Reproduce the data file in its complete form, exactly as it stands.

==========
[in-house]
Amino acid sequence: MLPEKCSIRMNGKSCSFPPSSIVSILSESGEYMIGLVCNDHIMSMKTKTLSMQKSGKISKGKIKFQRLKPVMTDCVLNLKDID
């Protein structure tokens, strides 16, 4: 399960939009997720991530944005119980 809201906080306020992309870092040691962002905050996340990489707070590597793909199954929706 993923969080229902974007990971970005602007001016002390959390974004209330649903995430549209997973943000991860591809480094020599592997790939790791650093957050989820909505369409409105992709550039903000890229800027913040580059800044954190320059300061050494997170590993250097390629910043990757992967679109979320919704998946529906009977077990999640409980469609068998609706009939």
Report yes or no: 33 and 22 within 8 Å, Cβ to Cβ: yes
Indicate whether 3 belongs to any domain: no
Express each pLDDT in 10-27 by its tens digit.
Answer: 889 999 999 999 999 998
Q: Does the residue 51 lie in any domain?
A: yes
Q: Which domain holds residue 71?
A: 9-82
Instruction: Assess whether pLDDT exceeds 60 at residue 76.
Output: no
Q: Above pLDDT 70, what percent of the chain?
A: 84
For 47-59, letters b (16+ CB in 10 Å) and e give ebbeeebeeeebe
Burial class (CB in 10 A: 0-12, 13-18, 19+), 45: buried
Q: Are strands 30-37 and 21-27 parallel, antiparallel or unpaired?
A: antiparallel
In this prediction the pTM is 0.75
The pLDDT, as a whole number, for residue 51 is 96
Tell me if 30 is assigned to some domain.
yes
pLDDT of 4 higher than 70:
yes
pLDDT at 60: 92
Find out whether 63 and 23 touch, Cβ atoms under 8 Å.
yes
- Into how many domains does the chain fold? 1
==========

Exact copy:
[in-house]
Amino acid sequence: MLPEKCSIRMNGKSCSFPPSSIVSILSESGEYMIGLVCNDHIMSMKTKTLSMQKSGKISKGKIKFQRLKPVMTDCVLNLKDID
């Protein structure tokens, strides 16, 4: 399960939009997720991530944005119980 809201906080306020992309870092040691962002905050996340990489707070590597793909199954929706 993923969080229902974007990971970005602007001016002390959390974004209330649903995430549209997973943000991860591809480094020599592997790939790791650093957050989820909505369409409105992709550039903000890229800027913040580059800044954190320059300061050494997170590993250097390629910043990757992967679109979320919704998946529906009977077990999640409980469609068998609706009939």
Report yes or no: 33 and 22 within 8 Å, Cβ to Cβ: yes
Indicate whether 3 belongs to any domain: no
Express each pLDDT in 10-27 by its tens digit.
Answer: 889 999 999 999 999 998
Q: Does the residue 51 lie in any domain?
A: yes
Q: Which domain holds residue 71?
A: 9-82
Instruction: Assess whether pLDDT exceeds 60 at residue 76.
Output: no
Q: Above pLDDT 70, what percent of the chain?
A: 84
For 47-59, letters b (16+ CB in 10 Å) and e give ebbeeebeeeebe
Burial class (CB in 10 A: 0-12, 13-18, 19+), 45: buried
Q: Are strands 30-37 and 21-27 parallel, antiparallel or unpaired?
A: antiparallel
In this prediction the pTM is 0.75
The pLDDT, as a whole number, for residue 51 is 96
Tell me if 30 is assigned to some domain.
yes
pLDDT of 4 higher than 70:
yes
pLDDT at 60: 92
Find out whether 63 and 23 touch, Cβ atoms under 8 Å.
yes
- Into how many domains does the chain fold? 1